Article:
First Job Detours: How new grads cope with debt, internships, moving home

This is an archived article and the information in the article may be outdated. Please look at the time stamp on the story to see when it was last updated.

For the past five years or more, landing that first job has been complicated by the economy, mountains of student load debt, unpaid internships, older workers not retiring, and kids moving back home. WGN-TV’s Lourdes Duarte reports on the first job detours many 20-somethings and their families are taking, and how they’re adapting.

“It’s not hard, you’ll understand it,” an instructor at Harper College tells 24 year old Andrew Castro.  Andrew earned a bachelor’s degree in 2012, and was eager to follow his lifelong dream of becoming an industrial designer. “My parents always tell me once you have your bachelor’s degree, jobs will just come to you.  And now I’m chasing the jobs and it’s so hard.”

For more than a year-and-a-half, Andrew has made looking for a job, his full time job.  And he believed he had an edge with potential employers. “I’m one of their cheaper options. And I’m one of their better options because they can mold me to however they want me to be.” But when he started the new year with still no full time job in his field, Andrew enrolled at Harper Community College in Palatine, learning to program high tech manufacturing equipment. Andrea Zito is 28.   “Can you open your mouth for me?  She earned teaching and Masters degrees, and admits she kind of lucked into her first job. “I was an instructional assistant for a special education child first year. And then someone at my school got pregnant so I ended up getting a job at my school.”

Then she was laid off.

So she too turned to Harper College for a fresh start. “I decided to change careers and started at Harper nursing in 2011. And I’ll be graduating in May with my RN degree.”  Maria Coons is Vice President of workforce alliances for Harper College. “The jobs are different than they used to be. And the employers have a different set of requirements.”  Coons works tirelessly with area employers to identify job openings and make sure the school is geared to fill them. She says more students like Andrew and Andrea are showing up with four year degrees. So, Harper’s average age is no longer 18 or 19, but 27 or 28. And Coons says gone are the days of waiting until the end of your education to see if your chosen field is a good fit.

“So if you start out with an early internship, you can see whether your personality fits with that particular industry and then the employer can see if you fit within the culture of that employer.  A lot of the students who have entered our program have landed full time jobs from those internships.” Yet for many students, taking on even more student loan debt is not an option.  And some of them end up in Dr. Jeannie Aschkenasy’s office.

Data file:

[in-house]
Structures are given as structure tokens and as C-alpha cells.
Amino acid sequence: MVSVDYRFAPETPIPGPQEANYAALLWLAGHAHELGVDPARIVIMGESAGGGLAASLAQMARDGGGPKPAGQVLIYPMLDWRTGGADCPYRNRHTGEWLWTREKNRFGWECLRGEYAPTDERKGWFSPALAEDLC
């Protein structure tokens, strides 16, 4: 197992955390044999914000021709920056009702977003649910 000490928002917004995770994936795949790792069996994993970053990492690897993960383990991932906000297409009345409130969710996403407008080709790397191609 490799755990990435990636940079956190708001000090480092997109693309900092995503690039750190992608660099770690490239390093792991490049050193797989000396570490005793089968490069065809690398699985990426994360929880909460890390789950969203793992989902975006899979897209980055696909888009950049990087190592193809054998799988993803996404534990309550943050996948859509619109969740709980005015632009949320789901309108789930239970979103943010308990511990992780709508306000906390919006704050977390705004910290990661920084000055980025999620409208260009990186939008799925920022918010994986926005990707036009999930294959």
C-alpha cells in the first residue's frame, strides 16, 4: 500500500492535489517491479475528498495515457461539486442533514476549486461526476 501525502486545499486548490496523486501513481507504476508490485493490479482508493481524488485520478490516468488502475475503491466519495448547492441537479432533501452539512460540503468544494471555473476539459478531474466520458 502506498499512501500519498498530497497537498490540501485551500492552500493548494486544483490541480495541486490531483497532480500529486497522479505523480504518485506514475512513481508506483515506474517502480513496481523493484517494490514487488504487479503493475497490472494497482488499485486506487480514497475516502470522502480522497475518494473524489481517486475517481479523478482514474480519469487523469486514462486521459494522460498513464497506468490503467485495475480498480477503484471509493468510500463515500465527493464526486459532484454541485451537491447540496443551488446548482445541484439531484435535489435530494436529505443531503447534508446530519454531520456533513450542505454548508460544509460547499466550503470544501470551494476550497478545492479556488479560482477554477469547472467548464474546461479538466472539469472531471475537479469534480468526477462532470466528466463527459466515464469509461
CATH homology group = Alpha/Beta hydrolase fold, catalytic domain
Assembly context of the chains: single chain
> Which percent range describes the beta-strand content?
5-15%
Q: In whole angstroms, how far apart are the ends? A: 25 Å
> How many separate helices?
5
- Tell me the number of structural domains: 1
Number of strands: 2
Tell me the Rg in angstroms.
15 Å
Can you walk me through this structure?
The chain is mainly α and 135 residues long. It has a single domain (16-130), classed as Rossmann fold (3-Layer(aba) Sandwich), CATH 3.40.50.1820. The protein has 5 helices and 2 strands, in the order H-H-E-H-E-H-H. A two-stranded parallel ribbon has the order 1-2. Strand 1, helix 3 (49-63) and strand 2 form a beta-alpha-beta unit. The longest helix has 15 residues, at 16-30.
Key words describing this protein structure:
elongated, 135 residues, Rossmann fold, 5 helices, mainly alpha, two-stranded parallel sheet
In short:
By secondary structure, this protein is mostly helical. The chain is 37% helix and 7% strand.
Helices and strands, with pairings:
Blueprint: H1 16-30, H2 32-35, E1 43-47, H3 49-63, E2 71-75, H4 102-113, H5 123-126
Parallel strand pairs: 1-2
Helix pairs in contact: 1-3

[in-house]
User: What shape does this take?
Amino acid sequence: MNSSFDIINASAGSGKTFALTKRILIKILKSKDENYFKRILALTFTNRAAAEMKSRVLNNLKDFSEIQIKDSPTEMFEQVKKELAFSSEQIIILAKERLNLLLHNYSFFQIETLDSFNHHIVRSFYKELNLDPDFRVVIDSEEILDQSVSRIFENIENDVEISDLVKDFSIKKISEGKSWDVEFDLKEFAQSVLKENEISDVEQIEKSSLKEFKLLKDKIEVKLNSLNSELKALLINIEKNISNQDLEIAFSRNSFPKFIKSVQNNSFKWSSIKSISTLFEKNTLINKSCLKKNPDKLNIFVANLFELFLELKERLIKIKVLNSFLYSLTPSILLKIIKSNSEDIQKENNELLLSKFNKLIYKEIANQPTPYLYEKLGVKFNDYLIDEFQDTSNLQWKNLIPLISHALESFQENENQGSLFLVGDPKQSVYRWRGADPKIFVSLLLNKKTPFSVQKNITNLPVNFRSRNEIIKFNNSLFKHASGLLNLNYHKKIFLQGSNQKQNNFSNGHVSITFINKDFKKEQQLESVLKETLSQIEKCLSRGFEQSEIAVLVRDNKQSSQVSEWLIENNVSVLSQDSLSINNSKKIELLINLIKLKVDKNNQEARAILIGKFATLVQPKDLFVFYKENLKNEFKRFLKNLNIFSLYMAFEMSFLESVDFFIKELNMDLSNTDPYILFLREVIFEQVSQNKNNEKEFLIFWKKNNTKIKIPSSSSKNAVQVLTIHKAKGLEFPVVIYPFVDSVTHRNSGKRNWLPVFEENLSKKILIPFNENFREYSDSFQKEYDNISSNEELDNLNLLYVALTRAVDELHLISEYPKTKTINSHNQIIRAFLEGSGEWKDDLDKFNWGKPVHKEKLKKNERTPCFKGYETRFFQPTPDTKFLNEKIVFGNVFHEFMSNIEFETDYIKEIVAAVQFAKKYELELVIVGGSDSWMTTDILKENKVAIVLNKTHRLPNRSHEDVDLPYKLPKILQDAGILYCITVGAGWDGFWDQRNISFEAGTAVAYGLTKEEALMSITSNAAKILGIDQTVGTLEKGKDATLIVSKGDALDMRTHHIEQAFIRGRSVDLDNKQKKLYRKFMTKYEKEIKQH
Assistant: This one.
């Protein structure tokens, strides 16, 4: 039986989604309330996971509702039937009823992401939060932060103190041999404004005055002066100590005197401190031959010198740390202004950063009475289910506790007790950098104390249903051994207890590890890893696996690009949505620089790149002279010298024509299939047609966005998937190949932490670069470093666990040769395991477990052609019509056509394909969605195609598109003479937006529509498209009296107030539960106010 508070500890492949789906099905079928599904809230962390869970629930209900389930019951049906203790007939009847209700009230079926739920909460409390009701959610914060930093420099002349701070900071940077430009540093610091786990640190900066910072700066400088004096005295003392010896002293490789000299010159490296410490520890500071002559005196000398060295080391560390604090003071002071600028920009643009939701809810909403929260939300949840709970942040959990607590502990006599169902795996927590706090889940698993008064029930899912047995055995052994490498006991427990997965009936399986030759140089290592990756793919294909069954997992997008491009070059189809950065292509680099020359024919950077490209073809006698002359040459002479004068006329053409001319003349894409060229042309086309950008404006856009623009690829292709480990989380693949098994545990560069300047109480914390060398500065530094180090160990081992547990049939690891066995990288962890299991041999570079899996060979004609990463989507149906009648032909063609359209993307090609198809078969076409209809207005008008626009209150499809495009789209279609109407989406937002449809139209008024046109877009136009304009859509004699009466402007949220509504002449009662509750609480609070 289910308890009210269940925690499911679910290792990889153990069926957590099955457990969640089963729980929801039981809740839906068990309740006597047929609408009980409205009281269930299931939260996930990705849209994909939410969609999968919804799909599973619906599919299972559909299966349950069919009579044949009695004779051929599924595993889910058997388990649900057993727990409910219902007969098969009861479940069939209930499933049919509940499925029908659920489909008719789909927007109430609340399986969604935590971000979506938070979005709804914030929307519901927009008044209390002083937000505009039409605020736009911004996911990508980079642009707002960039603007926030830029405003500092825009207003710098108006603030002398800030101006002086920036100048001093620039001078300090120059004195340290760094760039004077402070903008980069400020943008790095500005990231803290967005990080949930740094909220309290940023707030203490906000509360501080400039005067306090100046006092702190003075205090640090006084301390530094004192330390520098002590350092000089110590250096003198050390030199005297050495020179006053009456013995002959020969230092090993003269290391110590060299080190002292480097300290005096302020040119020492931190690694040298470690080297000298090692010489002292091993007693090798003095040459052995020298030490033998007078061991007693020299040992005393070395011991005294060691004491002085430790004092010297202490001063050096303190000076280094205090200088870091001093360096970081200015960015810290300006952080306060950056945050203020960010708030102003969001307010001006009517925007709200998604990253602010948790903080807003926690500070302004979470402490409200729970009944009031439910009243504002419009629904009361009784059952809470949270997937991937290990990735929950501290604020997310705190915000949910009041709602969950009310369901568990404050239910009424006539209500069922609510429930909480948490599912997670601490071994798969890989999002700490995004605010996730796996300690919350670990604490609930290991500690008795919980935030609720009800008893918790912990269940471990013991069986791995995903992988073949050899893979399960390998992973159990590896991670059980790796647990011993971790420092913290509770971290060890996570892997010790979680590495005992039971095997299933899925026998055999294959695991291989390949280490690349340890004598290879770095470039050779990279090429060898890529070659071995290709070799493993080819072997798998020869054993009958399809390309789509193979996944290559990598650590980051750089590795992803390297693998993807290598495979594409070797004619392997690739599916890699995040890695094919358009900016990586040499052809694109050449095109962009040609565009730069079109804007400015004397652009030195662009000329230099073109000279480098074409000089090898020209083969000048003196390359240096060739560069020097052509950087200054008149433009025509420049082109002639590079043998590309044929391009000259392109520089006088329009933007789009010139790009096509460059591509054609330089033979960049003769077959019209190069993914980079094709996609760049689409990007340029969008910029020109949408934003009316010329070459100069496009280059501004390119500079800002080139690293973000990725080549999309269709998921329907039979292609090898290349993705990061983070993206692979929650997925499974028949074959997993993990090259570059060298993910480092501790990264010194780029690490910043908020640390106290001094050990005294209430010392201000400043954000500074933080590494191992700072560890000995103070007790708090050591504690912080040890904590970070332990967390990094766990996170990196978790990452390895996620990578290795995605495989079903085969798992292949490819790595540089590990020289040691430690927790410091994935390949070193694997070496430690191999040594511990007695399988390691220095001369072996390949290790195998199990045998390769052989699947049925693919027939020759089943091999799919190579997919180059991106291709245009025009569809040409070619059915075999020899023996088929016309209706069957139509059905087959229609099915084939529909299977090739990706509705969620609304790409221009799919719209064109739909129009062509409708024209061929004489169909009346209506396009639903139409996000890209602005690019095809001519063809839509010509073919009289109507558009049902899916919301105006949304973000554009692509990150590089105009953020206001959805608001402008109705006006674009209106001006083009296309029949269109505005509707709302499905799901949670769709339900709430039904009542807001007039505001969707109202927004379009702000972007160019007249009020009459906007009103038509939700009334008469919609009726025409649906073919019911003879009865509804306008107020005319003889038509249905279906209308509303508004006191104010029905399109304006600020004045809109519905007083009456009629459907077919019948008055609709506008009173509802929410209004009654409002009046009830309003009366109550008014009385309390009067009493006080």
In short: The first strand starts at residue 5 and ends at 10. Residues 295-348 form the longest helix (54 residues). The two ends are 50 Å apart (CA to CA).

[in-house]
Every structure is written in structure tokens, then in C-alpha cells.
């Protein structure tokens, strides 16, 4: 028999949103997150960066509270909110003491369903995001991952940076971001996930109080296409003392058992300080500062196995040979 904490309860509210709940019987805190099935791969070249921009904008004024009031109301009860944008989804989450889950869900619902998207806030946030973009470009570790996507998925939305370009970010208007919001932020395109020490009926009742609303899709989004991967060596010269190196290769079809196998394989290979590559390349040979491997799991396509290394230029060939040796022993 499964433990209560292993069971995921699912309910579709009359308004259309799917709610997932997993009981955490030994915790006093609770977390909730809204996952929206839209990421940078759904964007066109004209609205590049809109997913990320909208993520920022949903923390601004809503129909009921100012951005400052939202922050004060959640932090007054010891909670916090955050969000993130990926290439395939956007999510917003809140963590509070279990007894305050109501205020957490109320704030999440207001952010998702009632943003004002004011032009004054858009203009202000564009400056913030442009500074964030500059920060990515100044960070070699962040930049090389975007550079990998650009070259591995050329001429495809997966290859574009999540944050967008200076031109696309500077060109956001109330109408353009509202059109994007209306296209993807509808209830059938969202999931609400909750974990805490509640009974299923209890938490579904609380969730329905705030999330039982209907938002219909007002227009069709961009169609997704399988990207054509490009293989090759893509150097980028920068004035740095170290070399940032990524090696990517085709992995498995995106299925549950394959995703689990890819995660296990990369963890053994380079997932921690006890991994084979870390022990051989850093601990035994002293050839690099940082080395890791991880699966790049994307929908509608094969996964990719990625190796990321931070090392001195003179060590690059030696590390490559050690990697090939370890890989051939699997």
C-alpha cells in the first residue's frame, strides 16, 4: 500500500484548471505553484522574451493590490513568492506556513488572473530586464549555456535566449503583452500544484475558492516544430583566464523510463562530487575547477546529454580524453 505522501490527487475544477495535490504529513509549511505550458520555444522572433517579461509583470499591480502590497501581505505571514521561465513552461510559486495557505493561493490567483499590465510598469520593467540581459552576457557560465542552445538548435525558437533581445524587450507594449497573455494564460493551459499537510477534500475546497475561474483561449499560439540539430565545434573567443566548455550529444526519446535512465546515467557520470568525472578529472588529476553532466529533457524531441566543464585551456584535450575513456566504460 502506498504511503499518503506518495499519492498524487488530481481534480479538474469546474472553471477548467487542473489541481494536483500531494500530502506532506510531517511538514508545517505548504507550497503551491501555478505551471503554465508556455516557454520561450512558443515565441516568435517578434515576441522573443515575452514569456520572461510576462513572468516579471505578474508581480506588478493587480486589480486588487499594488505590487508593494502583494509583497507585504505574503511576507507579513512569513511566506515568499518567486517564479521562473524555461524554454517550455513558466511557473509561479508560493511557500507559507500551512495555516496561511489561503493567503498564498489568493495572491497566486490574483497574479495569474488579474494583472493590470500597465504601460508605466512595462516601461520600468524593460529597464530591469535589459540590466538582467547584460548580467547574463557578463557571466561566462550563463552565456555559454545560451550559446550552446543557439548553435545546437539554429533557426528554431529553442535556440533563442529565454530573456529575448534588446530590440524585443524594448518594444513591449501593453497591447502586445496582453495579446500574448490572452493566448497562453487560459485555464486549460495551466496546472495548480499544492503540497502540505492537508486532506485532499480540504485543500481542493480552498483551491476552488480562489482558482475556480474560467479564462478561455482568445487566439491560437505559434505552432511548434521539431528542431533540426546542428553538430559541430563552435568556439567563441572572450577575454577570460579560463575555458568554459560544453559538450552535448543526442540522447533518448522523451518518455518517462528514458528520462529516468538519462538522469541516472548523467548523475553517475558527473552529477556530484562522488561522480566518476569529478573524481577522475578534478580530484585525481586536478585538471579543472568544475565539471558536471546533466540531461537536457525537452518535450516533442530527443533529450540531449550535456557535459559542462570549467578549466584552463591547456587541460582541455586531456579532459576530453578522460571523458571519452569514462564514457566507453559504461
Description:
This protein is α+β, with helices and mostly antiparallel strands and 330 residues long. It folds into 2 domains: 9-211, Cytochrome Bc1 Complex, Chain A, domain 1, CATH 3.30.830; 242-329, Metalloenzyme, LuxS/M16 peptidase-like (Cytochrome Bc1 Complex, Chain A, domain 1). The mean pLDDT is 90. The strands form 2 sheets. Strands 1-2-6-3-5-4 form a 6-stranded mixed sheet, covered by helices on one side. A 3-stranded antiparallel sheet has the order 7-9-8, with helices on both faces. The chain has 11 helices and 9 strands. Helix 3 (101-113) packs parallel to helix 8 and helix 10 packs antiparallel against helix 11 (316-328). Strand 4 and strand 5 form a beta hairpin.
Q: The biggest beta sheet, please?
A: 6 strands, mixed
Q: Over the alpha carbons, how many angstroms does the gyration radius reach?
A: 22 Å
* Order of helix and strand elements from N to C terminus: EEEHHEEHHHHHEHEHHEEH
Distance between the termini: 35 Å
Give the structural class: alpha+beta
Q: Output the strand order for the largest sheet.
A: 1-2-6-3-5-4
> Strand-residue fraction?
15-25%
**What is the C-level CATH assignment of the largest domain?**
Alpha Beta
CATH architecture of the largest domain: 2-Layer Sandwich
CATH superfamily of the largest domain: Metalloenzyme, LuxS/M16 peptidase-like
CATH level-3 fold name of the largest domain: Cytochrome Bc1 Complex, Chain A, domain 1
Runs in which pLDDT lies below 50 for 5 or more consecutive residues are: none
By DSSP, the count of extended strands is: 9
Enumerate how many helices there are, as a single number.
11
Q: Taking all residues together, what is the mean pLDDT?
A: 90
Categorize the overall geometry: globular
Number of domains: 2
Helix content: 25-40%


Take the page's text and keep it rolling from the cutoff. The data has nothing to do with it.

“I think it is harder.” Dr. Aschkenasy is a clinical psychologist who works with 20-somethings. “We don’t want our kids to fail.  But I think we forget you know that it’s important for kids to experience that, so they know they experience the resilience of adversity and overcoming it.” She also thinks the technology that connects us, is preventing 20-somethings from meeting new people, which can hamper the job search. “It’s letting everybody out there know you’re looking for anything.”

We asked Tom Gimbel, the Founder and President of LaSalle Network if he thinks it’s harder now to find that first job. “If you come out of school and want to make $60,000 a year, ya, I think it’s very hard to find a job.  But to find a job in a growing, legitimate, profitable company, no I don’t think it’s hard.”  LaSalle Network is a recruiting and staffing firm that in 15 years has helped some 10,000 people find jobs. “I don’t think this generation feels lost at all.  I think what they’re doing is charting their own path.  And they’re not falling into the same we have to be all entrepreneurial, billion dollar ideas.  And they don’t have to be 50 years at the same company.”

Gimbel believes the problem isn’t a lack of opportunity, but a desire and work ethic to take advantage of the opportunities which exist.  And he says expectations play a big role.  “For what I see for kids graduating from college, the question is what industries excite you?  And can you get any job in that industry?  And be prepared to work.”  Despite the obstacles, our experts insist this is not the new lost generation. “I’ve seen resilience, I’ve seen hope, and I’ve seen people that want to make a difference in the world.”   Harper students Andrea and Andrew are living proof.  “As hard as it was, I feel like I’m lucky that I get a second chance and I was able to start nursing right away.” “I love my career path.”

Andrew is confident that Harper’s business partnerships will lead to internships and full time work.  Andrea already knows a full time job and promotion await her in May.   Please share this story with family and friends, and click the links below for even more information.

Producer Pam Grimes and Photojournalists Steve Scheuer and Mike D’Angelo contributed to this report.,9171,2165479,00.html


Latest News

More News